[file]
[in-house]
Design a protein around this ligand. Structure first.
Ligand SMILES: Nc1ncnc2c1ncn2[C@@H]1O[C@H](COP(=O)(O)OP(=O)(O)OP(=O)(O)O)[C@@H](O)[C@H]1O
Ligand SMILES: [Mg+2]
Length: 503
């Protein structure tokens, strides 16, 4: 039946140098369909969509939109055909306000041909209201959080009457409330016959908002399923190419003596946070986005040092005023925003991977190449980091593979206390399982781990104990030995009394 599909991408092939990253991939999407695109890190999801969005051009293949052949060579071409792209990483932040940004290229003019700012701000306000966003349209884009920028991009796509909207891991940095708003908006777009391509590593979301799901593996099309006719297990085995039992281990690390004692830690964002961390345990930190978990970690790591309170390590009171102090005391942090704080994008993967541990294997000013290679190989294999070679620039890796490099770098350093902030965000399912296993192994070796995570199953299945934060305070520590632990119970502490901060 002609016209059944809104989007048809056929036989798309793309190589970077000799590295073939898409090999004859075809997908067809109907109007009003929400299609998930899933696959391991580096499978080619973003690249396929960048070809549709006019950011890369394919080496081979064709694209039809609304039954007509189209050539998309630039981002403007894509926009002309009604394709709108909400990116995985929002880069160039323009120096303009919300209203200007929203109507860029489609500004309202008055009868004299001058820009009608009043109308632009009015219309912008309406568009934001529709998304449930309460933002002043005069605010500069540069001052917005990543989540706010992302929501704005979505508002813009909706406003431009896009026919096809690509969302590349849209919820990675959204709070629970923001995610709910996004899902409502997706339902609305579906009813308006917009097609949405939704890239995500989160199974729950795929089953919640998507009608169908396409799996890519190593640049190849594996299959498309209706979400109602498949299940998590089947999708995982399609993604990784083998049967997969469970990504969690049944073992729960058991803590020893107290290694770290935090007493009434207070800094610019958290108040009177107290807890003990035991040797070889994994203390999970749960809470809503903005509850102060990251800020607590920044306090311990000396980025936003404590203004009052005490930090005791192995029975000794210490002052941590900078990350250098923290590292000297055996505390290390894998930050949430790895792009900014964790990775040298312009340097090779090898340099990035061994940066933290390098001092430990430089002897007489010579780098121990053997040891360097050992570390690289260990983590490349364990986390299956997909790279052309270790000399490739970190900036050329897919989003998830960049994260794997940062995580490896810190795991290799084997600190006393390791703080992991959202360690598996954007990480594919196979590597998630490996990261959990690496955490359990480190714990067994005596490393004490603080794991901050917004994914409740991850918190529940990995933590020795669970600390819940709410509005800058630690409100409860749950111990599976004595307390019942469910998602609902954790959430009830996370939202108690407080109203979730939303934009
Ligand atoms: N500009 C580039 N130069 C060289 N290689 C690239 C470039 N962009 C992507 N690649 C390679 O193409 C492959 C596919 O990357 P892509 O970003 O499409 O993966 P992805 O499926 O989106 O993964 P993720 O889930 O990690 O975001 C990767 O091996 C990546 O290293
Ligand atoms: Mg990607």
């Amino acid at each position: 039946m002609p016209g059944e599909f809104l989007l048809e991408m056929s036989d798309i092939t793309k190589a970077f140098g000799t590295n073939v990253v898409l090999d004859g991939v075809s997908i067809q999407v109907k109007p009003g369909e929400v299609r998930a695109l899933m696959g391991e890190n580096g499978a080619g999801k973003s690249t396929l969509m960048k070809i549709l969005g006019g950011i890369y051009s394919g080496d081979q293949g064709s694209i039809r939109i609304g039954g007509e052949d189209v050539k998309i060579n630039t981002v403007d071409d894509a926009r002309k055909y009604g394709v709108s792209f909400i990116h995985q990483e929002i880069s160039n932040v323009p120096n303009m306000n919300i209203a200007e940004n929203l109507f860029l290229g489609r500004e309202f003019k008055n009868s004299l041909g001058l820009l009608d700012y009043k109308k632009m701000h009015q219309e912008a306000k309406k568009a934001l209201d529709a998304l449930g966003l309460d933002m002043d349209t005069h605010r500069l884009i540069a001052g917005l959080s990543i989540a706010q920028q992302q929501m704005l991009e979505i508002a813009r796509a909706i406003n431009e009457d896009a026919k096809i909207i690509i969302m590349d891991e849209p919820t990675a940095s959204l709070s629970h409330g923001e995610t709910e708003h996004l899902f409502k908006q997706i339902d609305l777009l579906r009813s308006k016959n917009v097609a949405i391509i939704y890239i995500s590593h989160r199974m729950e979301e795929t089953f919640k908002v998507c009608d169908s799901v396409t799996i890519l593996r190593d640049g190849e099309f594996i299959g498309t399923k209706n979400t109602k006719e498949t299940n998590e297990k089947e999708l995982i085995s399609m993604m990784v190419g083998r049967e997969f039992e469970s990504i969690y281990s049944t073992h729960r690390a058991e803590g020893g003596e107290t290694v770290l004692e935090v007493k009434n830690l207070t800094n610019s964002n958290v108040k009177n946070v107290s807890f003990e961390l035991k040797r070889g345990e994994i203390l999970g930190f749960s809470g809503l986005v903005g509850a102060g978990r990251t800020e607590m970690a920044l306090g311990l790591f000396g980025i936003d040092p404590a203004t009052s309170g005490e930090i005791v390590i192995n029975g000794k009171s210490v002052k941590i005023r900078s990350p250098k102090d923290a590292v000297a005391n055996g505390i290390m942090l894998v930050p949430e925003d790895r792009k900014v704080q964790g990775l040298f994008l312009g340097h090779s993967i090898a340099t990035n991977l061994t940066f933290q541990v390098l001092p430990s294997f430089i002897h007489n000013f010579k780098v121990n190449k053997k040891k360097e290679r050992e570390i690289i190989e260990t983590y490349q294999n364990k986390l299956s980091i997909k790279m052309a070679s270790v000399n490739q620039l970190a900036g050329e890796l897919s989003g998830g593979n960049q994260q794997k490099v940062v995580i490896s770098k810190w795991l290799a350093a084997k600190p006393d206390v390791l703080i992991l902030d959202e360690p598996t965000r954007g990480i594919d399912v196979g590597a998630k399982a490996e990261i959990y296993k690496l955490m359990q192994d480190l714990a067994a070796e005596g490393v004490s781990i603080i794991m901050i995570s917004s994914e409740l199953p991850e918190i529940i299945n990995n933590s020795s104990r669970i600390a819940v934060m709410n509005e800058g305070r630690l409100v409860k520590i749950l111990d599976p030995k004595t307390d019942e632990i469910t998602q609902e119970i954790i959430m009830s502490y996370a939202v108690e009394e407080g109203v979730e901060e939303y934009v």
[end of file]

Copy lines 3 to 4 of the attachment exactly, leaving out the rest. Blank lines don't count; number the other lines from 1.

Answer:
Ligand SMILES: Nc1ncnc2c1ncn2[C@@H]1O[C@H](COP(=O)(O)OP(=O)(O)OP(=O)(O)O)[C@@H](O)[C@H]1O
Ligand SMILES: [Mg+2]